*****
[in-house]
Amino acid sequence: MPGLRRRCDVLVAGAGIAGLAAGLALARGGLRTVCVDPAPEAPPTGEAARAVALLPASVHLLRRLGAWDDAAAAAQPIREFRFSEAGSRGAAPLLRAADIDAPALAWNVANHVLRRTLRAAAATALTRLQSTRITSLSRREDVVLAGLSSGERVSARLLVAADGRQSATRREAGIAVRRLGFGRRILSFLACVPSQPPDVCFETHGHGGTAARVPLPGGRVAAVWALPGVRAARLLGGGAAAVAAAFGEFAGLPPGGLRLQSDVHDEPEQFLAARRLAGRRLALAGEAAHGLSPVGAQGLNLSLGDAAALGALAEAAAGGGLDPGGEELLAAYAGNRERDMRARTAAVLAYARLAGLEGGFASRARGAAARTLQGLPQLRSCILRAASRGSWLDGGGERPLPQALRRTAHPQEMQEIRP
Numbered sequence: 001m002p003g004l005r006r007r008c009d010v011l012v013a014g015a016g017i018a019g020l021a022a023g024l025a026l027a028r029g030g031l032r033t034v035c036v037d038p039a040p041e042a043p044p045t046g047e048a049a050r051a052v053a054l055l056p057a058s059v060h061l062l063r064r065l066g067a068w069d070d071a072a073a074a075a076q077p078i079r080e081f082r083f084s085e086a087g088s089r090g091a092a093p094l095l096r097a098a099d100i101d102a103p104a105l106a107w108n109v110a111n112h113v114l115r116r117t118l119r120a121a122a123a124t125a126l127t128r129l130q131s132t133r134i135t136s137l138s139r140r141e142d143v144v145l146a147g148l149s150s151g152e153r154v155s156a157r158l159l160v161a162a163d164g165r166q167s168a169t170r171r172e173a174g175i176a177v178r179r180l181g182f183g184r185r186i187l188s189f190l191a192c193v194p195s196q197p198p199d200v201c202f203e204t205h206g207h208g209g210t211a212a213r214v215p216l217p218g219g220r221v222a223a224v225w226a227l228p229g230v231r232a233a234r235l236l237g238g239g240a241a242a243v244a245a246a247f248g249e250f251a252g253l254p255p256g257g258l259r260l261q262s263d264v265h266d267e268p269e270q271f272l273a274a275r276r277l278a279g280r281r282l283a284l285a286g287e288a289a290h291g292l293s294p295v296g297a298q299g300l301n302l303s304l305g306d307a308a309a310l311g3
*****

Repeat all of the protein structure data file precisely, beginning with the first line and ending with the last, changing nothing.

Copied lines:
[in-house]
Amino acid sequence: MPGLRRRCDVLVAGAGIAGLAAGLALARGGLRTVCVDPAPEAPPTGEAARAVALLPASVHLLRRLGAWDDAAAAAQPIREFRFSEAGSRGAAPLLRAADIDAPALAWNVANHVLRRTLRAAAATALTRLQSTRITSLSRREDVVLAGLSSGERVSARLLVAADGRQSATRREAGIAVRRLGFGRRILSFLACVPSQPPDVCFETHGHGGTAARVPLPGGRVAAVWALPGVRAARLLGGGAAAVAAAFGEFAGLPPGGLRLQSDVHDEPEQFLAARRLAGRRLALAGEAAHGLSPVGAQGLNLSLGDAAALGALAEAAAGGGLDPGGEELLAAYAGNRERDMRARTAAVLAYARLAGLEGGFASRARGAAARTLQGLPQLRSCILRAASRGSWLDGGGERPLPQALRRTAHPQEMQEIRP
Numbered sequence: 001m002p003g004l005r006r007r008c009d010v011l012v013a014g015a016g017i018a019g020l021a022a023g024l025a026l027a028r029g030g031l032r033t034v035c036v037d038p039a040p041e042a043p044p045t046g047e048a049a050r051a052v053a054l055l056p057a058s059v060h061l062l063r064r065l066g067a068w069d070d071a072a073a074a075a076q077p078i079r080e081f082r083f084s085e086a087g088s089r090g091a092a093p094l095l096r097a098a099d100i101d102a103p104a105l106a107w108n109v110a111n112h113v114l115r116r117t118l119r120a121a122a123a124t125a126l127t128r129l130q131s132t133r134i135t136s137l138s139r140r141e142d143v144v145l146a147g148l149s150s151g152e153r154v155s156a157r158l159l160v161a162a163d164g165r166q167s168a169t170r171r172e173a174g175i176a177v178r179r180l181g182f183g184r185r186i187l188s189f190l191a192c193v194p195s196q197p198p199d200v201c202f203e204t205h206g207h208g209g210t211a212a213r214v215p216l217p218g219g220r221v222a223a224v225w226a227l228p229g230v231r232a233a234r235l236l237g238g239g240a241a242a243v244a245a246a247f248g249e250f251a252g253l254p255p256g257g258l259r260l261q262s263d264v265h266d267e268p269e270q271f272l273a274a275r276r277l278a279g280r281r282l283a284l285a286g287e288a289a290h291g292l293s294p295v296g297a298q299g300l301n302l303s304l305g306d307a308a309a310l311g3